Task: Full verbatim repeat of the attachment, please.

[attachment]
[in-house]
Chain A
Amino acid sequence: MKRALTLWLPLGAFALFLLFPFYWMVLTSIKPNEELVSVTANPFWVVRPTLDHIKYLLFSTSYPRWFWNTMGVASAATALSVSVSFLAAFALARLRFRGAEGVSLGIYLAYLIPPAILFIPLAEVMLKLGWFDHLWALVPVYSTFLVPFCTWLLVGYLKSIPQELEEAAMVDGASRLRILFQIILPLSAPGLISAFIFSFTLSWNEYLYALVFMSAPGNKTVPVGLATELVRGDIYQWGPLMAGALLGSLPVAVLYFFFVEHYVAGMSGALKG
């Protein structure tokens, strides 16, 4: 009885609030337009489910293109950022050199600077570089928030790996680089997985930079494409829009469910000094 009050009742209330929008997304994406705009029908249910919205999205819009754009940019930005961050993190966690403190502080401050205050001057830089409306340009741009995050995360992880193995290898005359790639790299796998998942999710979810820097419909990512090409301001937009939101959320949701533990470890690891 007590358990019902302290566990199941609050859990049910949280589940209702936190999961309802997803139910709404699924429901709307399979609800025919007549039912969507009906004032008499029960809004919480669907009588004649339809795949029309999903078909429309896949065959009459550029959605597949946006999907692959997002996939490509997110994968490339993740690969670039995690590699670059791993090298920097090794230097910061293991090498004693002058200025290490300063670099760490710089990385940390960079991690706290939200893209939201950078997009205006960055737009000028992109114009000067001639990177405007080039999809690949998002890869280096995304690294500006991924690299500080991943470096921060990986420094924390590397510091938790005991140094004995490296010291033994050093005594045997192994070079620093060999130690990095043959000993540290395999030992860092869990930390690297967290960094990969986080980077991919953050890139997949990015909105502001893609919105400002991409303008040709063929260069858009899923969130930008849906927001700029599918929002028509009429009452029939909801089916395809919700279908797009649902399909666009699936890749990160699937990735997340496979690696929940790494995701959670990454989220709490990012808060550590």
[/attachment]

[in-house]
Chain A
Amino acid sequence: MKRALTLWLPLGAFALFLLFPFYWMVLTSIKPNEELVSVTANPFWVVRPTLDHIKYLLFSTSYPRWFWNTMGVASAATALSVSVSFLAAFALARLRFRGAEGVSLGIYLAYLIPPAILFIPLAEVMLKLGWFDHLWALVPVYSTFLVPFCTWLLVGYLKSIPQELEEAAMVDGASRLRILFQIILPLSAPGLISAFIFSFTLSWNEYLYALVFMSAPGNKTVPVGLATELVRGDIYQWGPLMAGALLGSLPVAVLYFFFVEHYVAGMSGALKG
């Protein structure tokens, strides 16, 4: 009885609030337009489910293109950022050199600077570089928030790996680089997985930079494409829009469910000094 009050009742209330929008997304994406705009029908249910919205999205819009754009940019930005961050993190966690403190502080401050205050001057830089409306340009741009995050995360992880193995290898005359790639790299796998998942999710979810820097419909990512090409301001937009939101959320949701533990470890690891 007590358990019902302290566990199941609050859990049910949280589940209702936190999961309802997803139910709404699924429901709307399979609800025919007549039912969507009906004032008499029960809004919480669907009588004649339809795949029309999903078909429309896949065959009459550029959605597949946006999907692959997002996939490509997110994968490339993740690969670039995690590699670059791993090298920097090794230097910061293991090498004693002058200025290490300063670099760490710089990385940390960079991690706290939200893209939201950078997009205006960055737009000028992109114009000067001639990177405007080039999809690949998002890869280096995304690294500006991924690299500080991943470096921060990986420094924390590397510091938790005991140094004995490296010291033994050093005594045997192994070079620093060999130690990095043959000993540290395999030992860092869990930390690297967290960094990969986080980077991919953050890139997949990015909105502001893609919105400002991409303008040709063929260069858009899923969130930008849906927001700029599918929002028509009429009452029939909801089916395809919700279908797009649902399909666009699936890749990160699937990735997340496979690696929940790494995701959670990454989220709490990012808060550590």